World champion Matthew
books his place in Canary Wharf history
Alan Thatcher reports
World squash champion Nick Matthew is looking forward to
returning to Canary Wharf in March.
He completed a perfect year by regaining his place at the top of
the world rankings when the January list was published.
clinched his third world title in Manchester in November and
followed that up by
winning the Hong Kong Open at the end of December.
His return to the top of the world rankings coincided with the
launch of his autobiography, Sweating Blood.
He devotes a large part of the book to the inside story of his
ongoing rivalry with fellow Yorkshireman James Willstrop, the
reigning Canary Wharf champion.
rates their marathon semi-final in 2010 as one of the
five greatest matches in his career. Their titanic battle ended
with Willstrop collapsing with cramp after more than two hours
of brutal combat on court.
Matthew wrote: “This was the best-quality match that James and I
have ever played. It’s very rare to have two top players
competing at their very best in the same match.
“We were throwing the kitchen sink eat each other. It was like
Rocky Balboa and Apollo Creed.”
Matthew has enjoyed a long unbeaten run against Willstrop, a
four-times Canary Wharf champion, but he felt this was the
occasion when it might end.
added: “I lost a massive third game 20-18 to go 2-1 down and in
games. At the break I was ready to throw in the towel. I said to
my coach, David Pearson ‘Maybe today’s the day he’s going to
“But then I gave myself a metaphorical slap round the face and
said ‘No way – it’s not going to be today’ in the very next
“After two hours and seven minutes of the bitterest and most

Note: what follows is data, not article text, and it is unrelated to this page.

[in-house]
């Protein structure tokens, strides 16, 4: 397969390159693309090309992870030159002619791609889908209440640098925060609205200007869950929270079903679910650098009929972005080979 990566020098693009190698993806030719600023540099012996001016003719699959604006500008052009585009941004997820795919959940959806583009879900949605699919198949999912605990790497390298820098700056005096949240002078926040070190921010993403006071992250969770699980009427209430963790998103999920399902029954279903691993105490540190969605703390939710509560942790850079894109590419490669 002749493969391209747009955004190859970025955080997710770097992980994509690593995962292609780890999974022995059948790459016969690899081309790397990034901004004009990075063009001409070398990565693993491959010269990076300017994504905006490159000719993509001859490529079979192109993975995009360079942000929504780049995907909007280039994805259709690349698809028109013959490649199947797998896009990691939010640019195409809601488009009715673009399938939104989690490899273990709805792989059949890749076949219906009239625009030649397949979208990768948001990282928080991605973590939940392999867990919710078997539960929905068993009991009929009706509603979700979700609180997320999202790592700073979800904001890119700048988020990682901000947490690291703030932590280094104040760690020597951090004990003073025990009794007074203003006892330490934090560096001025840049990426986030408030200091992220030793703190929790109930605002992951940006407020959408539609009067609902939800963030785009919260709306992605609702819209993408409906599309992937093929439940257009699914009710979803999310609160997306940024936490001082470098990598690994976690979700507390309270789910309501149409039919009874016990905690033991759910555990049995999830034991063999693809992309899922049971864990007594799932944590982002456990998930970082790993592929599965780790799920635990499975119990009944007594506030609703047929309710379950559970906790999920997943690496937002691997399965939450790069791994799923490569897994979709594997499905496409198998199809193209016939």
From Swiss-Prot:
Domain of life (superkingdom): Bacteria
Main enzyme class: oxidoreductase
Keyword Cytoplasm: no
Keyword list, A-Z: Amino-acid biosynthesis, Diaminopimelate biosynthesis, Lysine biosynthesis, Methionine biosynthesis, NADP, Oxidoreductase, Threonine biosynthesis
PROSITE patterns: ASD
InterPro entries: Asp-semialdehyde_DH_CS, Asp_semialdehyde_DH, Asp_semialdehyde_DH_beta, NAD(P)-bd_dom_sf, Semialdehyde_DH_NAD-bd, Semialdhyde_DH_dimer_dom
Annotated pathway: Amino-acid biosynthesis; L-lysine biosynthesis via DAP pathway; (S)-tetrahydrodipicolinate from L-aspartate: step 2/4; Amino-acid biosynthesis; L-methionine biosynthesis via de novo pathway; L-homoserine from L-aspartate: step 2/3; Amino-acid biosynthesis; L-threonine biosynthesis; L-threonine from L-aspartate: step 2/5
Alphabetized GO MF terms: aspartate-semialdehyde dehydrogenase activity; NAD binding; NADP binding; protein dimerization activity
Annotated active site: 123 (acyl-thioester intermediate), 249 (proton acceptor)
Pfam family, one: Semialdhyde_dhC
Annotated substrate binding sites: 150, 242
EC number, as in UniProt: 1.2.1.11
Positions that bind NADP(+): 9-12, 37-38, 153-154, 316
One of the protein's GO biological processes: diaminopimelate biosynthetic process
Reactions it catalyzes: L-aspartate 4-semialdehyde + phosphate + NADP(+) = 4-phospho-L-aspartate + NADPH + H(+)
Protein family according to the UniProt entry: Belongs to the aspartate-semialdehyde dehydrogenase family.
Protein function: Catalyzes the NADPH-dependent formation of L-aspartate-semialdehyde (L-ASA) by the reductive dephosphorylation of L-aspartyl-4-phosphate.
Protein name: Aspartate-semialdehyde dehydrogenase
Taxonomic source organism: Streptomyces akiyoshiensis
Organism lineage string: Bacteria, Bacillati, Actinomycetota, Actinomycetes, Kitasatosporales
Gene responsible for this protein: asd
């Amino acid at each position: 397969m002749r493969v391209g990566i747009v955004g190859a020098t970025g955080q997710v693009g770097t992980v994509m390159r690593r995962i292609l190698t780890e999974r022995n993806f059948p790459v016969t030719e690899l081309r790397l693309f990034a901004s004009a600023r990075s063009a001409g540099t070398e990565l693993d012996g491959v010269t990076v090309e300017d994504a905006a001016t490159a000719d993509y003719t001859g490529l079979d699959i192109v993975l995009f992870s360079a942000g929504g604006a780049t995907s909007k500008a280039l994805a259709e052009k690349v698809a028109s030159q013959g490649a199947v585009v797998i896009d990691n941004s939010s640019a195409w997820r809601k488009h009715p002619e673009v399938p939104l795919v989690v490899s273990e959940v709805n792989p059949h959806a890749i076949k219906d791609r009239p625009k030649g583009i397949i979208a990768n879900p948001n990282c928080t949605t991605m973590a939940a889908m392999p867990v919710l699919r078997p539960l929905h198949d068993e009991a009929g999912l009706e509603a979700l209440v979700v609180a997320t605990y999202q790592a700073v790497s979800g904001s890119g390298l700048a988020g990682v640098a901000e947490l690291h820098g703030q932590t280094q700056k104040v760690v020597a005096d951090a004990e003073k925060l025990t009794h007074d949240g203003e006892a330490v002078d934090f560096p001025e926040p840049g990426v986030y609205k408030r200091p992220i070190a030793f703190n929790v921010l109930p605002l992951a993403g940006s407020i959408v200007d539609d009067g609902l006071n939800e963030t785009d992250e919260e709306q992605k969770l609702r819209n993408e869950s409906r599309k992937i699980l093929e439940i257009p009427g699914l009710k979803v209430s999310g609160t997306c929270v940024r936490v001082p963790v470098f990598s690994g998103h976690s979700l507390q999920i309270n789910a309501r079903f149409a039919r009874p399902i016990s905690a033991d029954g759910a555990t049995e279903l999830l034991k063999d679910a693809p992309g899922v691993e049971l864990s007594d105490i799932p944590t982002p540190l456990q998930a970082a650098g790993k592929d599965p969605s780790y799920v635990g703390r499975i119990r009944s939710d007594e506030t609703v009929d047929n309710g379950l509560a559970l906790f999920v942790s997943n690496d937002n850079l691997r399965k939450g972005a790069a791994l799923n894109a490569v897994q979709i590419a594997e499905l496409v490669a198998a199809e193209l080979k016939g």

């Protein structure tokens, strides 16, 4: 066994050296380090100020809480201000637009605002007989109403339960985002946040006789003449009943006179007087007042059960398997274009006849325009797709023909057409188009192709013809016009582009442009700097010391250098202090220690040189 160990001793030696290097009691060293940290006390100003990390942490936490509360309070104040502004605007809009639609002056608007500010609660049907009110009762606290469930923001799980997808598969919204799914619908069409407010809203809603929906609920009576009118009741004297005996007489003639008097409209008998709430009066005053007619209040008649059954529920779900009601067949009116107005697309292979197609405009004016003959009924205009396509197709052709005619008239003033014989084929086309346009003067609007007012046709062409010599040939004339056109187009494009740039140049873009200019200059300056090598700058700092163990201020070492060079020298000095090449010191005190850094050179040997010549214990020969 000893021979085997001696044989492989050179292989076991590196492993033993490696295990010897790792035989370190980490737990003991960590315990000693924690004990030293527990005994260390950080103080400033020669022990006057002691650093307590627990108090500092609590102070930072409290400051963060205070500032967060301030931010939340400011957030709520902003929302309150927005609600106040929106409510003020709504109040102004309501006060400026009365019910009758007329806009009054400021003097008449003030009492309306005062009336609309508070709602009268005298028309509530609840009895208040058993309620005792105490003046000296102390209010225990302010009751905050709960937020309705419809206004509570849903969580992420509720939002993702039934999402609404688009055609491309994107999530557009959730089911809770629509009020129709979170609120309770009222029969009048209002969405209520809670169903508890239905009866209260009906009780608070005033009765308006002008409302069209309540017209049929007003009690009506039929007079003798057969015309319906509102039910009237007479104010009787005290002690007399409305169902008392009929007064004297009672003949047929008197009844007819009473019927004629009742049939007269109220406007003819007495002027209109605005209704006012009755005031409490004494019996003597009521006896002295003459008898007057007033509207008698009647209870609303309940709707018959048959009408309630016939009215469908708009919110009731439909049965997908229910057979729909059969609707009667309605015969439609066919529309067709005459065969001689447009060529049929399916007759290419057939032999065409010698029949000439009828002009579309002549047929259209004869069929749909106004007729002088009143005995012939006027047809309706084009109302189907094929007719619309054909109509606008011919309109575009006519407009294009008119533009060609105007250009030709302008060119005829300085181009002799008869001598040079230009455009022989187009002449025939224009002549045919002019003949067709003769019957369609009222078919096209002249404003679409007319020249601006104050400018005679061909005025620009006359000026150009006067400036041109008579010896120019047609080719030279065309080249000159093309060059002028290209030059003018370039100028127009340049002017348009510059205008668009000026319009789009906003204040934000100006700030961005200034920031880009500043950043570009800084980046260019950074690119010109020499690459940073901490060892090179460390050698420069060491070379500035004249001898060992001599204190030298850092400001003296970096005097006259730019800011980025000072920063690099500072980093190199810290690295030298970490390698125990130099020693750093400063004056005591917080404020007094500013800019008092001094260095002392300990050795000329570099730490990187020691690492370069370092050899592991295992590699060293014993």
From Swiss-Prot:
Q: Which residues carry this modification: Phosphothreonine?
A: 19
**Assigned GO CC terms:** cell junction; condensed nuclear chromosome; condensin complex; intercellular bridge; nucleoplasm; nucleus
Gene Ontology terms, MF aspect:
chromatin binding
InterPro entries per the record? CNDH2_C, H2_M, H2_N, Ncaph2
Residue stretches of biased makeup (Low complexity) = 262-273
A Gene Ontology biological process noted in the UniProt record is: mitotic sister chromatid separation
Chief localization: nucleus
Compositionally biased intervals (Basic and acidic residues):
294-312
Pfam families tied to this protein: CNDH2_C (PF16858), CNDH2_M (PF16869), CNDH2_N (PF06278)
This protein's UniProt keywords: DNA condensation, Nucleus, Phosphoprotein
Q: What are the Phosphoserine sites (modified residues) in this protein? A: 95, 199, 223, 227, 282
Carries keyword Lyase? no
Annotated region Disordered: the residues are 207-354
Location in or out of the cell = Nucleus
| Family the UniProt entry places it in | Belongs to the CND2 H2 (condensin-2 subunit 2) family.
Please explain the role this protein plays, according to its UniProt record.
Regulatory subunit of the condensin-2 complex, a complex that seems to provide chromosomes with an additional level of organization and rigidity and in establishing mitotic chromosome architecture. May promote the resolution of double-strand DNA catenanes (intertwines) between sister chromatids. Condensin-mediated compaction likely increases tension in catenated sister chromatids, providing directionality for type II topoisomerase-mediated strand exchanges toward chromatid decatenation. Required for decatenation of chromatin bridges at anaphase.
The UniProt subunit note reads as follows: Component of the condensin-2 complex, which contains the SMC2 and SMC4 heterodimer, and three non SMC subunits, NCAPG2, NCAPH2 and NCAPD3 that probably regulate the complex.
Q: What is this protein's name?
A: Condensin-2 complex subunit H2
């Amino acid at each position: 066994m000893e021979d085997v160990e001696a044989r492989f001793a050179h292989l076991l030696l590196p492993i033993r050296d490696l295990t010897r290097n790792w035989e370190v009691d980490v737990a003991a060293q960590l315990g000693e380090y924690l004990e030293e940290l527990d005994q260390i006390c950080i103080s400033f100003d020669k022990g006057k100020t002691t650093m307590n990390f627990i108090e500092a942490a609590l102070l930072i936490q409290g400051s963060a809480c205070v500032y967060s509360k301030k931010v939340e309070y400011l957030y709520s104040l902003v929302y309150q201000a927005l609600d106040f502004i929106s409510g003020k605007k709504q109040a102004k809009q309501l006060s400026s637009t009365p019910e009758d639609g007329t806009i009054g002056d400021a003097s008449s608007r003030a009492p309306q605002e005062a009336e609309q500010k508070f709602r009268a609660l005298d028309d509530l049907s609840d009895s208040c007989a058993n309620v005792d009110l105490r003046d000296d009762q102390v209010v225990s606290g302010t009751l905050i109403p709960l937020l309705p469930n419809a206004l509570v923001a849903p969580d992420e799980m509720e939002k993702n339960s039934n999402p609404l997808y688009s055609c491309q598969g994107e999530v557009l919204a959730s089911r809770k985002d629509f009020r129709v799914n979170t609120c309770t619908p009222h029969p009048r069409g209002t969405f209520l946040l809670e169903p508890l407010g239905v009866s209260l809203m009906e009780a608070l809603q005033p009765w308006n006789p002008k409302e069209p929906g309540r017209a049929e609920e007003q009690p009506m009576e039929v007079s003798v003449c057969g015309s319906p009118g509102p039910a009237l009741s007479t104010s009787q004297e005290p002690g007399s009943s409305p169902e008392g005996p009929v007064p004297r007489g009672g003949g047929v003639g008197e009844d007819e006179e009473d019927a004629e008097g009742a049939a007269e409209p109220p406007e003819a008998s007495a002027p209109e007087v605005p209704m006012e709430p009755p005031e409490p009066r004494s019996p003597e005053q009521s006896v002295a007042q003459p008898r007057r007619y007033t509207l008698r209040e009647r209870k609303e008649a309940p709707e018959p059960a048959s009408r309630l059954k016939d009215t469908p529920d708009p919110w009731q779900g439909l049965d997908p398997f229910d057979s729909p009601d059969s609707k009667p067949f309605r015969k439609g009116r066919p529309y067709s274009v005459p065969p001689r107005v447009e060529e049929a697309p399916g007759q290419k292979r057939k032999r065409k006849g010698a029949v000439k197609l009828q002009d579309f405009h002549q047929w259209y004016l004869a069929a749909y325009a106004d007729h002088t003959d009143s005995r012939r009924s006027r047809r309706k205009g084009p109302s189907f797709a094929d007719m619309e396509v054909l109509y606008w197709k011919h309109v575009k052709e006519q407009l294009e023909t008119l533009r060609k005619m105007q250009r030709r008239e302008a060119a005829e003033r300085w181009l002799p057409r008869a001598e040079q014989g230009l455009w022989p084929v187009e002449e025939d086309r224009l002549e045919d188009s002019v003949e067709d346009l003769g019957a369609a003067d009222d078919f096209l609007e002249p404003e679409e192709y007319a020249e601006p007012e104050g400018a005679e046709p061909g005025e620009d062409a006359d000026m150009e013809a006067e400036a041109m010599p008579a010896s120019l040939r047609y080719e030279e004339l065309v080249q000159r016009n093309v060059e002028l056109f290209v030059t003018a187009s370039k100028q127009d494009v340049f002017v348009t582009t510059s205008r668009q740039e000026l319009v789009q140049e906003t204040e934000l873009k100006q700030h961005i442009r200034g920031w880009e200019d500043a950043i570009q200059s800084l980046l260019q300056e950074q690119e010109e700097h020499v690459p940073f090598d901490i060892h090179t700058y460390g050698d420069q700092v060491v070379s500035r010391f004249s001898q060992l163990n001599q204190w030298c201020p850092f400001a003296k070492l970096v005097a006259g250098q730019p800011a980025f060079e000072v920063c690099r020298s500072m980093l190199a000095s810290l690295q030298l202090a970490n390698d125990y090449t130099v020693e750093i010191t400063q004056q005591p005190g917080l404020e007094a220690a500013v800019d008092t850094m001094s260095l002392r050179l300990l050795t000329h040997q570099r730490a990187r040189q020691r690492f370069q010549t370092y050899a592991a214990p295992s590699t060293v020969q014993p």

exhausting squash we have ever played, I was 9-8 up in the fifth
game, just two points from victory.
“With James in the front right-hand corner of the court, I
thrashed the ball as hard and low as I could down the backhand
was so far out of position and he flung himself to the floor in
a desperate attempt to reach the ball. His leg cramped up so
badly in the process that he was forced to retire.
“I reckon my own legs had about 30 seconds left before they
would start cramping as well.
“I think that match at Canary Wharf defined our career rivalry.
There was no sledging, no shenanigans. It was totally clean.
“We knocked seven bells out of each other and, at the end,
neither of was left standing.
“I needed five hours of treatment before I could play in the
final the next day. My feet felt like they had broken glass in
them, but somehow I recovered to beat Gregory Gaultier 3-1.”
Matthew beat Frenchman Gaultier 3-2 in another marathon match
lasting 111 minutes to win his third world crown in Manchester
in early November.
The 33-year-old from Sheffield was back in London last week to
receive an award from the Sports Journalists Association in a
star-studded bash at the Tower of London.
Matthew said: “This is the icing on the cake after such a great
year. I got married to Esme, I was inducted into the Sheffield
Hall of Fame, I won the world title for a third time, and I’m
back at number one in the New Year.”
Squash fans are certainly keen to see another Matthew-Willstrop
battle at Canary Wharf in March with the 2014 Classic heading
for another sell-out. Three months ahead of the event, every
ticket has been sold for the final.